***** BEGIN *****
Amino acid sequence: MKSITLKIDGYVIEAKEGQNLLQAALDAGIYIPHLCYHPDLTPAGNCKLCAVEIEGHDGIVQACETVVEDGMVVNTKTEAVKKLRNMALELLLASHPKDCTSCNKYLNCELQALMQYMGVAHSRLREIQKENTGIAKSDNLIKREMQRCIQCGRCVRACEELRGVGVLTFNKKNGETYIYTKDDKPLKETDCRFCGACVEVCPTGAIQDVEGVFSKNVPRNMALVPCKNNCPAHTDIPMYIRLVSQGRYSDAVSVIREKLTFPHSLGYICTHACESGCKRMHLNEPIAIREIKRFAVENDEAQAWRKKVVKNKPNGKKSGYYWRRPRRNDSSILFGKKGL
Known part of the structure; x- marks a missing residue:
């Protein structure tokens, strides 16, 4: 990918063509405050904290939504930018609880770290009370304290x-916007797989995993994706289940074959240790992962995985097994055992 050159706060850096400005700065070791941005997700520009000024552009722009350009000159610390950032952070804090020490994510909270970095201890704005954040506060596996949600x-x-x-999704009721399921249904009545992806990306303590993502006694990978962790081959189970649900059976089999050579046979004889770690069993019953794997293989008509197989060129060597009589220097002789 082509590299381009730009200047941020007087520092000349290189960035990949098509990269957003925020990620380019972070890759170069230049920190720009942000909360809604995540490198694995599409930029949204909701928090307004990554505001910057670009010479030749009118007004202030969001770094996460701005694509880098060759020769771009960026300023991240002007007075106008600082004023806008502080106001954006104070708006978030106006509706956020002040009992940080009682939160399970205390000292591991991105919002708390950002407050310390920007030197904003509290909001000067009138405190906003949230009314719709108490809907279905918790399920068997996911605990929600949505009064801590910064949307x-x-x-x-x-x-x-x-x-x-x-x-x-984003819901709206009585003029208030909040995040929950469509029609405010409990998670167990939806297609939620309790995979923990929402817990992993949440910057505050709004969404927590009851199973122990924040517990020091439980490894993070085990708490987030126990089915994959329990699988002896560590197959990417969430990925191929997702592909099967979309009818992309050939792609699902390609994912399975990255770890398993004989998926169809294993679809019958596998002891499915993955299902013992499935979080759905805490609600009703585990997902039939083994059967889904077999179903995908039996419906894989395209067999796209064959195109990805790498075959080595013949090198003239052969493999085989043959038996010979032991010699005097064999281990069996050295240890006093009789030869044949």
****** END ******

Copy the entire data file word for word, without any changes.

Amino acid sequence: MKSITLKIDGYVIEAKEGQNLLQAALDAGIYIPHLCYHPDLTPAGNCKLCAVEIEGHDGIVQACETVVEDGMVVNTKTEAVKKLRNMALELLLASHPKDCTSCNKYLNCELQALMQYMGVAHSRLREIQKENTGIAKSDNLIKREMQRCIQCGRCVRACEELRGVGVLTFNKKNGETYIYTKDDKPLKETDCRFCGACVEVCPTGAIQDVEGVFSKNVPRNMALVPCKNNCPAHTDIPMYIRLVSQGRYSDAVSVIREKLTFPHSLGYICTHACESGCKRMHLNEPIAIREIKRFAVENDEAQAWRKKVVKNKPNGKKSGYYWRRPRRNDSSILFGKKGL
Known part of the structure; x- marks a missing residue:
């Protein structure tokens, strides 16, 4: 990918063509405050904290939504930018609880770290009370304290x-916007797989995993994706289940074959240790992962995985097994055992 050159706060850096400005700065070791941005997700520009000024552009722009350009000159610390950032952070804090020490994510909270970095201890704005954040506060596996949600x-x-x-999704009721399921249904009545992806990306303590993502006694990978962790081959189970649900059976089999050579046979004889770690069993019953794997293989008509197989060129060597009589220097002789 082509590299381009730009200047941020007087520092000349290189960035990949098509990269957003925020990620380019972070890759170069230049920190720009942000909360809604995540490198694995599409930029949204909701928090307004990554505001910057670009010479030749009118007004202030969001770094996460701005694509880098060759020769771009960026300023991240002007007075106008600082004023806008502080106001954006104070708006978030106006509706956020002040009992940080009682939160399970205390000292591991991105919002708390950002407050310390920007030197904003509290909001000067009138405190906003949230009314719709108490809907279905918790399920068997996911605990929600949505009064801590910064949307x-x-x-x-x-x-x-x-x-x-x-x-x-984003819901709206009585003029208030909040995040929950469509029609405010409990998670167990939806297609939620309790995979923990929402817990992993949440910057505050709004969404927590009851199973122990924040517990020091439980490894993070085990708490987030126990089915994959329990699988002896560590197959990417969430990925191929997702592909099967979309009818992309050939792609699902390609994912399975990255770890398993004989998926169809294993679809019958596998002891499915993955299902013992499935979080759905805490609600009703585990997902039939083994059967889904077999179903995908039996419906894989395209067999796209064959195109990805790498075959080595013949090198003239052969493999085989043959038996010979032991010699005097064999281990069996050295240890006093009789030869044949």